The Tiller Girls and Horses Making Monkeys Of Us – Turf Talk: 12 June 2017

In his young(er) years, David Allan worked as a „Board Man‟ in London betting shops. That‟s not him in the photo above, but you get the idea?

In his young(er) years, David Allan worked as a „Board Man‟ in London betting shops. That‟s not him in the photo above, but you get the idea?

IN the dim and distant past, I had what today is called a Gap Year. Mine did not involve anything exotic like back packing in Thailand, but it did do (part of) a job on me. The “job” was to try to grow up a little before going up to university too young.

Less than ten years beforehand, compulsory National Service in the UK had been abolished with the immediate effect of making every university entrant two years younger. In those days, the university population was smaller but its members in their first year were, quite suddenly, closer to children than to the pipe-smoking “young university chaps” so stereotyped in black and white Ealing Comedies.

The impact was especially pronounced in the colleges of the ancient universities where undergrads more or less made their own study time-tables, attending what lectures they preferred in order to get through fearsome one-on-one weekly tutorials often with the person who wrote the book about the subject being studied. Sherry was sometimes served to steady the nerves.

My gap year consisted partly of teaching and partly of working as a Board Man in betting shops.
The teaching part had racing connotations but first let me make it clear. Having a memory for facts, figures, events, quotations, dates and so on – which is what had carried me through academic life thus far – is one thing. Learning to think is something else and of course I fairly soon banged my head on that reality. The aforementioned Don who wrote the book was rarely impressed.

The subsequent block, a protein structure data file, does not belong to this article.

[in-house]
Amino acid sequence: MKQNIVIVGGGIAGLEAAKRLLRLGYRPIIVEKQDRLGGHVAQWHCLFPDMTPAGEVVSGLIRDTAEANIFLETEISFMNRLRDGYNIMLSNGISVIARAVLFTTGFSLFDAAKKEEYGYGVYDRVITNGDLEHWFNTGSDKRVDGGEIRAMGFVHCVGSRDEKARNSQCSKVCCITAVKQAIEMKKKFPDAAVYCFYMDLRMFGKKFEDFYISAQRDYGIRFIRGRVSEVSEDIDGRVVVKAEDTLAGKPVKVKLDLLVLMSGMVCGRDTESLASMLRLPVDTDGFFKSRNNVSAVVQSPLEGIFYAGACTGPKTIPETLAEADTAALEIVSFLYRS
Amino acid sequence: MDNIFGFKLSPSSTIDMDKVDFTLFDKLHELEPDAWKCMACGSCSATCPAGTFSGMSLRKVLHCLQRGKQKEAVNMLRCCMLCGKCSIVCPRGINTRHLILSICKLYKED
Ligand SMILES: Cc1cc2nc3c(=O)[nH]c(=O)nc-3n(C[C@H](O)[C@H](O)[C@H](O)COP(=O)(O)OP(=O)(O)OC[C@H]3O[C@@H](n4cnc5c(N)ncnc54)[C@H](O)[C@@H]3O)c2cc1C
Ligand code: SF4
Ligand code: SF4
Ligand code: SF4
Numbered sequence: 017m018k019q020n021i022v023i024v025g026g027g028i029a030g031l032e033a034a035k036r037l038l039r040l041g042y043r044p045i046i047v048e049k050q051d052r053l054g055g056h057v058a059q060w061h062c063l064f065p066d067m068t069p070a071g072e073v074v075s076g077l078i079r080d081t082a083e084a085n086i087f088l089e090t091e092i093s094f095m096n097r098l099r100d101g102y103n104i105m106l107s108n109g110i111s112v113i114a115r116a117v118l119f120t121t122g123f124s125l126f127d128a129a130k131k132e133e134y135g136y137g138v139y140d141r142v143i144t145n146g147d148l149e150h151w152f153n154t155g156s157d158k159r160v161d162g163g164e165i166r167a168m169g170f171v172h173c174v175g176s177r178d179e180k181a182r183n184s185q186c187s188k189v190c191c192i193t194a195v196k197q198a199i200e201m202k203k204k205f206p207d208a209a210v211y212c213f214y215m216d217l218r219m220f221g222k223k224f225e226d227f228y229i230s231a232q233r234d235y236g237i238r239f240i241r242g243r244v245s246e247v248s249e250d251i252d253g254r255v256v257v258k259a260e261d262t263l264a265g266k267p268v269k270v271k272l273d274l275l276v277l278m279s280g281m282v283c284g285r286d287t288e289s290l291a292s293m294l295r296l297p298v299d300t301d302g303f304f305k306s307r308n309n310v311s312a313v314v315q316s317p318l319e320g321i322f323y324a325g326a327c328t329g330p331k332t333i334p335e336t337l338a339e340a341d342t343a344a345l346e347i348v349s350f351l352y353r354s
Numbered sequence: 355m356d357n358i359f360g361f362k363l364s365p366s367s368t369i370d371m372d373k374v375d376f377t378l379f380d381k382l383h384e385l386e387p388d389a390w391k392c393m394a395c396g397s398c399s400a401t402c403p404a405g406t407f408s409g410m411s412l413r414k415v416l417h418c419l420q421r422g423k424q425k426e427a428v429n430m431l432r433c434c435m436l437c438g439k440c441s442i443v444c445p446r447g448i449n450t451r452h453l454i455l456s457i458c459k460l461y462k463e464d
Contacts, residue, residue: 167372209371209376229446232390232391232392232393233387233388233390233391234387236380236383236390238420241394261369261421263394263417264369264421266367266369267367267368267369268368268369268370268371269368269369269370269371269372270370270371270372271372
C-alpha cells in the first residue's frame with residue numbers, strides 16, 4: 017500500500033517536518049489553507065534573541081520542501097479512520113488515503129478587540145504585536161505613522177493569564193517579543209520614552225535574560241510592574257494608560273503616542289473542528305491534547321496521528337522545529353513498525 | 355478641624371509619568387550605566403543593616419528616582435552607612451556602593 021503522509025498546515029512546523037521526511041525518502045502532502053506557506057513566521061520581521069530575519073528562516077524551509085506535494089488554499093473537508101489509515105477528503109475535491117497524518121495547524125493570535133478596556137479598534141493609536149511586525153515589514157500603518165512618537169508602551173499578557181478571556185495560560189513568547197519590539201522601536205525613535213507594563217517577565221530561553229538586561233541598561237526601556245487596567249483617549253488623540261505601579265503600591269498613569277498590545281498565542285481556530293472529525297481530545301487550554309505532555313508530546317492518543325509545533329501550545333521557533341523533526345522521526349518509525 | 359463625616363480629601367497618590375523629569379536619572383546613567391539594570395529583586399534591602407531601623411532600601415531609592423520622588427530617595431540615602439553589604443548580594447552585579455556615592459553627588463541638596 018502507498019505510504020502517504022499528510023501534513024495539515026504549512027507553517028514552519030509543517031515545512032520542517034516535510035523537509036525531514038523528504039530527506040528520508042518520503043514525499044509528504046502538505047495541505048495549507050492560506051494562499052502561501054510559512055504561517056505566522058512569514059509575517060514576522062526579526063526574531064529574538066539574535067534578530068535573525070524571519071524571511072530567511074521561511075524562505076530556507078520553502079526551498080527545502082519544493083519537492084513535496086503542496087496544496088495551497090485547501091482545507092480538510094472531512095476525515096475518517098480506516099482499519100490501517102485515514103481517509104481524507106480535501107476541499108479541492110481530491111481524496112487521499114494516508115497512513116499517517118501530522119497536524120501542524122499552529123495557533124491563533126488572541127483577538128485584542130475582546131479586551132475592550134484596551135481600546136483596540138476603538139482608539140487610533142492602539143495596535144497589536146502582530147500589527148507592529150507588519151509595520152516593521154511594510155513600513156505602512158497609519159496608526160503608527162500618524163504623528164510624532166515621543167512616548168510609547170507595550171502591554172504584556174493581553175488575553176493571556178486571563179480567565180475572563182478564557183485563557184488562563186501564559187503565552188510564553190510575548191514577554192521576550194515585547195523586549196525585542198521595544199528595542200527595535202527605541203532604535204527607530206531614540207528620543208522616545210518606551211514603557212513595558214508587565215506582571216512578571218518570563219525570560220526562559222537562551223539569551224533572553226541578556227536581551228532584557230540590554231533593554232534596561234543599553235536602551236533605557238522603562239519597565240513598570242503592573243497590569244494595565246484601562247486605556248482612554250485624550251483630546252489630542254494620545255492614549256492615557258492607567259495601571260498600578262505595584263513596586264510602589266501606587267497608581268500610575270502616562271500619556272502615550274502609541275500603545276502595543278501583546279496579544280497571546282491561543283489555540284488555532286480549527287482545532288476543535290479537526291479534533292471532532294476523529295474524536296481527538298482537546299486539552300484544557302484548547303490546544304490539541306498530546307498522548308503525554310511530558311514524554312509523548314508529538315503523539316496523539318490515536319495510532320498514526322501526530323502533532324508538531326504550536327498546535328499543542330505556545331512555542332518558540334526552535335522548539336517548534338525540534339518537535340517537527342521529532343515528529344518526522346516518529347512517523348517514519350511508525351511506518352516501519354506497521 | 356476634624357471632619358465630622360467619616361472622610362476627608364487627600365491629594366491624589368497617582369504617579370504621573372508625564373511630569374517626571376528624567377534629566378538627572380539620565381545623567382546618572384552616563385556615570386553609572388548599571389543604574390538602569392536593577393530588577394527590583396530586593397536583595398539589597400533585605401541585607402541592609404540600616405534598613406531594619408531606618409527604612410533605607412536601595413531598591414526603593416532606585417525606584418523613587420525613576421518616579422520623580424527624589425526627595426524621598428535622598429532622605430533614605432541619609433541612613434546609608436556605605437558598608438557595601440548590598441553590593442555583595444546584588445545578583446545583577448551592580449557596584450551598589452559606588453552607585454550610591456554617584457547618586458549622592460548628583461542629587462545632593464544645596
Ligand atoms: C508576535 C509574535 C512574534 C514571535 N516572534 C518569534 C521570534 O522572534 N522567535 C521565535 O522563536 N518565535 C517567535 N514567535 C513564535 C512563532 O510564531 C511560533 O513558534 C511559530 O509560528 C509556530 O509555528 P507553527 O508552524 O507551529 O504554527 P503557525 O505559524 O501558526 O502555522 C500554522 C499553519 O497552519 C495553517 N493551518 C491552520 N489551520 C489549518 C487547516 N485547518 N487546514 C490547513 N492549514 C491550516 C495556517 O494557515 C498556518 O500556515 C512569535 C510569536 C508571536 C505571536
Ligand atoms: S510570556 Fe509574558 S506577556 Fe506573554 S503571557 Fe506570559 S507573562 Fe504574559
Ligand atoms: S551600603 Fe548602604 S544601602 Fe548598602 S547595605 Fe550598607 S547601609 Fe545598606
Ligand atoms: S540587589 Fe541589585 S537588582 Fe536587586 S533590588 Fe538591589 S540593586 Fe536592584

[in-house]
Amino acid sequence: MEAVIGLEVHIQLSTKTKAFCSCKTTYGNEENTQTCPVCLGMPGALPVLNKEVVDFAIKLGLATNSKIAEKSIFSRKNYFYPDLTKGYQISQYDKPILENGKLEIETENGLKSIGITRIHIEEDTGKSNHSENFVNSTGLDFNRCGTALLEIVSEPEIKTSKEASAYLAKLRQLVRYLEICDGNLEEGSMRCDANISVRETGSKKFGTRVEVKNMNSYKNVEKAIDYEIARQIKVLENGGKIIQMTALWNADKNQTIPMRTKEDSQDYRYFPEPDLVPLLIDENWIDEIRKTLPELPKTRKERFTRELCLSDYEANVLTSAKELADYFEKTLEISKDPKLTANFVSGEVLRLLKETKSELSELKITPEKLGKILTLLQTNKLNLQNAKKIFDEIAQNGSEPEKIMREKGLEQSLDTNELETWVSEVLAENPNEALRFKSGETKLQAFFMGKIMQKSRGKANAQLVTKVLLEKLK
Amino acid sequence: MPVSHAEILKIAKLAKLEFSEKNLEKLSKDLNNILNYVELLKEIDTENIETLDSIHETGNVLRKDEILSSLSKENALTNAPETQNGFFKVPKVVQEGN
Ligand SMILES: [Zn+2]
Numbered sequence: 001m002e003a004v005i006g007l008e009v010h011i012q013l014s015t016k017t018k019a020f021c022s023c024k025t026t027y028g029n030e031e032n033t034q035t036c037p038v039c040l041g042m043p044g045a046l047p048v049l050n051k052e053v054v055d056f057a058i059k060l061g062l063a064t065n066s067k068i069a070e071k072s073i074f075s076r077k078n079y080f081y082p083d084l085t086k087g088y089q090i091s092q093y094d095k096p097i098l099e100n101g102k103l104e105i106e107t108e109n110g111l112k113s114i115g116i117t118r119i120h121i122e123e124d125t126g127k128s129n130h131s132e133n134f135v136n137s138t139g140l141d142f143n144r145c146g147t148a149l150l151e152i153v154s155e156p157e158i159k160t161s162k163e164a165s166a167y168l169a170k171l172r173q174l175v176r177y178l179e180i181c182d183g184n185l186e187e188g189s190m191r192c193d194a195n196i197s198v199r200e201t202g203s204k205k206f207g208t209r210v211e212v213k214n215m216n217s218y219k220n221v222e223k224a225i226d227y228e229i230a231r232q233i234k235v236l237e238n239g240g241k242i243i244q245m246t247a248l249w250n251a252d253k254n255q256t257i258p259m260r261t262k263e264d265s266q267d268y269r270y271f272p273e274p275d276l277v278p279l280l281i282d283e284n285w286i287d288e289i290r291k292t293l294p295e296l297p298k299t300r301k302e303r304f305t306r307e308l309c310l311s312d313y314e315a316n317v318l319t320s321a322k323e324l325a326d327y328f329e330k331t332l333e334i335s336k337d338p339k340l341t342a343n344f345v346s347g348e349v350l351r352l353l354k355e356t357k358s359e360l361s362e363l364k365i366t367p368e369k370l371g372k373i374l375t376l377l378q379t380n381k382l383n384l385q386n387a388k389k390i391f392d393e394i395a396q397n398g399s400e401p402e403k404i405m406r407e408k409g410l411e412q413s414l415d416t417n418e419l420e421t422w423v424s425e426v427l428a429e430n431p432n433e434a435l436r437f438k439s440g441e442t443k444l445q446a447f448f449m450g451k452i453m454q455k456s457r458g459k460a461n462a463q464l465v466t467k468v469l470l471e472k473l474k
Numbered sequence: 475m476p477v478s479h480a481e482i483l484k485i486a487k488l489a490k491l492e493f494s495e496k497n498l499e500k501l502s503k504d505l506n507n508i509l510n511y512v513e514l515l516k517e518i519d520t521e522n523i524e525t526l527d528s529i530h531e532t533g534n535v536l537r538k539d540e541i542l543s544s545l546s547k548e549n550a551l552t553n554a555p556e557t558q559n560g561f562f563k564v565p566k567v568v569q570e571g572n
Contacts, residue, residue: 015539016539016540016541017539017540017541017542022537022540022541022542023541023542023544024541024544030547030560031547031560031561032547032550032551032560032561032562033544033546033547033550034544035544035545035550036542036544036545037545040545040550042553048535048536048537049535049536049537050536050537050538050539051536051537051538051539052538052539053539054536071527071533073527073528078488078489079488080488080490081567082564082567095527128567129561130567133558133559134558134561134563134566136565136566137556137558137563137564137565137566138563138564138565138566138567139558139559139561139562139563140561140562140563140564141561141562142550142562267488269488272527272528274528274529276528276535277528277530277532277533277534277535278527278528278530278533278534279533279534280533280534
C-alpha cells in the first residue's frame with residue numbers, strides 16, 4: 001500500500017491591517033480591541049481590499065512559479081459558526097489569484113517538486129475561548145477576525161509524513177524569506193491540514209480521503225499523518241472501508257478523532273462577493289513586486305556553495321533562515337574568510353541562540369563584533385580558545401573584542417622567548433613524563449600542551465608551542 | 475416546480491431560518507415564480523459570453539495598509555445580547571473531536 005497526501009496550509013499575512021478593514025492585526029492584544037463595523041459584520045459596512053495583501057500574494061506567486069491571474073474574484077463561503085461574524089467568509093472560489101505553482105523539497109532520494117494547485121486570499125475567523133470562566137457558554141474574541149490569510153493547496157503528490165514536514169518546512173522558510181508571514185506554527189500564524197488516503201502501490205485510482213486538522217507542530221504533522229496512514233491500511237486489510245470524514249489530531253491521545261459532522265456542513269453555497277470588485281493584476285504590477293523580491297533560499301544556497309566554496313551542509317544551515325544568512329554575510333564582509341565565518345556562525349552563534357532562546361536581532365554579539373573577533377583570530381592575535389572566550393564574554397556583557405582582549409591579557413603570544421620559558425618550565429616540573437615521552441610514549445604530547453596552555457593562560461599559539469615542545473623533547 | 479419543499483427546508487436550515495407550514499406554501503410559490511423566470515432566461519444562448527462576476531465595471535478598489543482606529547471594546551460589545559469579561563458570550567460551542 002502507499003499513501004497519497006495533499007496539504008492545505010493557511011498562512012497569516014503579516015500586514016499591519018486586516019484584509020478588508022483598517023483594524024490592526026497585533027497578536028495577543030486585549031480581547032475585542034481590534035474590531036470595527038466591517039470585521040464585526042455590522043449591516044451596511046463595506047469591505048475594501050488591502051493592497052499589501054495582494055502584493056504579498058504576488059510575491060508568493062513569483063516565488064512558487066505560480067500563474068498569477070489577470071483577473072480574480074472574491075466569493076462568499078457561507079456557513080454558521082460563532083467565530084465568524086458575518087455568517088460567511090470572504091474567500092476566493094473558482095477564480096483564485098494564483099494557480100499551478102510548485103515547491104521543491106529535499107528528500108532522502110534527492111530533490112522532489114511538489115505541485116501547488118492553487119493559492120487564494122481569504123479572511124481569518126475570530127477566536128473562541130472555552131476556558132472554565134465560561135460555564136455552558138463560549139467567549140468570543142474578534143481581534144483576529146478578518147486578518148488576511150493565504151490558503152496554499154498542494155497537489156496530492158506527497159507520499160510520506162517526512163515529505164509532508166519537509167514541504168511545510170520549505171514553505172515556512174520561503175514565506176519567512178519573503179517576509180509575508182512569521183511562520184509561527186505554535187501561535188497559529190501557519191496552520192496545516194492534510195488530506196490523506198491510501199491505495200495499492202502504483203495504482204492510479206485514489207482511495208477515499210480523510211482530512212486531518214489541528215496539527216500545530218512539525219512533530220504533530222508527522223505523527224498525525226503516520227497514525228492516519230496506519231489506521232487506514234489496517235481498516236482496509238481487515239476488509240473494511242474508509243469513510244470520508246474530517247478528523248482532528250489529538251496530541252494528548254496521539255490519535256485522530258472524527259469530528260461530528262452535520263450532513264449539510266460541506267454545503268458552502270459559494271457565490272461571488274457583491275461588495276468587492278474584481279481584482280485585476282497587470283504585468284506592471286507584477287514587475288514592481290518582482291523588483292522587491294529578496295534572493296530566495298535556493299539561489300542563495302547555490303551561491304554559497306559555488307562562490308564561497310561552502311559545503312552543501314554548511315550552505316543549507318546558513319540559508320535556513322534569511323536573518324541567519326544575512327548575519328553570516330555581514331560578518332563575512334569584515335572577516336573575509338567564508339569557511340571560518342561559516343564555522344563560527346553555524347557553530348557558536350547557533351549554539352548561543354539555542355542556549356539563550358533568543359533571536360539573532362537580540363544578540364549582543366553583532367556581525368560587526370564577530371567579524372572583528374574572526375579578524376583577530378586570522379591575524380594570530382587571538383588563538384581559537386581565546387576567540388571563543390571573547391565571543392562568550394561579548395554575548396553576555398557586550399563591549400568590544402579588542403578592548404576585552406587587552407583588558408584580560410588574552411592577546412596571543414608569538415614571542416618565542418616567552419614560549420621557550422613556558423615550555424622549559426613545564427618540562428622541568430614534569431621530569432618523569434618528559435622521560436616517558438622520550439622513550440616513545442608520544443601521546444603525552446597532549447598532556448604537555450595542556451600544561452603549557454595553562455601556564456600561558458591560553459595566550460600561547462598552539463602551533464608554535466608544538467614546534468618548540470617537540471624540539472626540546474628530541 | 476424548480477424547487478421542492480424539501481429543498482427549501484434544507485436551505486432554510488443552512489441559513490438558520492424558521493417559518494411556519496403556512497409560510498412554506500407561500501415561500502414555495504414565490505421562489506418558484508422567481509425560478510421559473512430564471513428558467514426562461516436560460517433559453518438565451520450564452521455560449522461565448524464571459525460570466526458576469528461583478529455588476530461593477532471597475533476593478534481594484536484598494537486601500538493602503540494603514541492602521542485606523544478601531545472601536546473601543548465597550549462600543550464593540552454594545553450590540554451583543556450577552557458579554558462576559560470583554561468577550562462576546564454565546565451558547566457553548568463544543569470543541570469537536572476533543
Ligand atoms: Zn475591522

Nevertheless, at 17/18 I found myself teaching Maths and Music Appreciation to 9-13 year-olds as well as being an Assistant Housemaster at the Junior School of St Peter’s, York which was founded in 627 AD. St Peter’s has had its tongue in its cheek for several hundred years “disputing” King’s School Canterbury’s claim to have been founded earlier – 597 AD. Sometimes, a rugby match was held to decide which was actually the oldest.

How incongruous to consider – in 2017 – that a 26- year-old master and a teenaged one (me) were allowed to take a party of 11-13 year-olds climbing in the Lakes for a week with heavy Easter holidays snow at all heights. Actually that was regarded as completely normal.

The young “Allanmobile” was a 1948 Hillman 10. The author hastens to add that his was already an old model when he bought it.

The young “Allanmobile” was a 1948 Hillman 10. The author hastens to add that his was already an old model when he bought it.

On the other hand, when I squeezed five or six 12-year-olds into my first car, a Hillman 10 with many parts of it not working, to go evening racing at Pontefract and Thirsk, the level of disapproval was quite severe. I wanted to take some of them to the May Meeting at York’s own great racecourse but was prevented. But therein lies my love of the city and – for me – the very best of all racecourses anywhere.

After the academic year, my attempt to grow up was continued in betting shops. I did two weeks’ apprenticeship as a Board Man on Fulham Broadway, still a kid really and excited to be “professionally” involved in racing.

Such shops were primitive, only legalised for a few years – a disastrous move for the finances of British Racing, redressed 56 years later (now) by thrilling new legislation. But back then there was a different kind of thrill and intensity.

With The Sporting Life pages of racecards drawing-pinned on felt boards around the room, the only other reading material was The Board, a very large blackboard on the wall behind the grills at which the punters punted.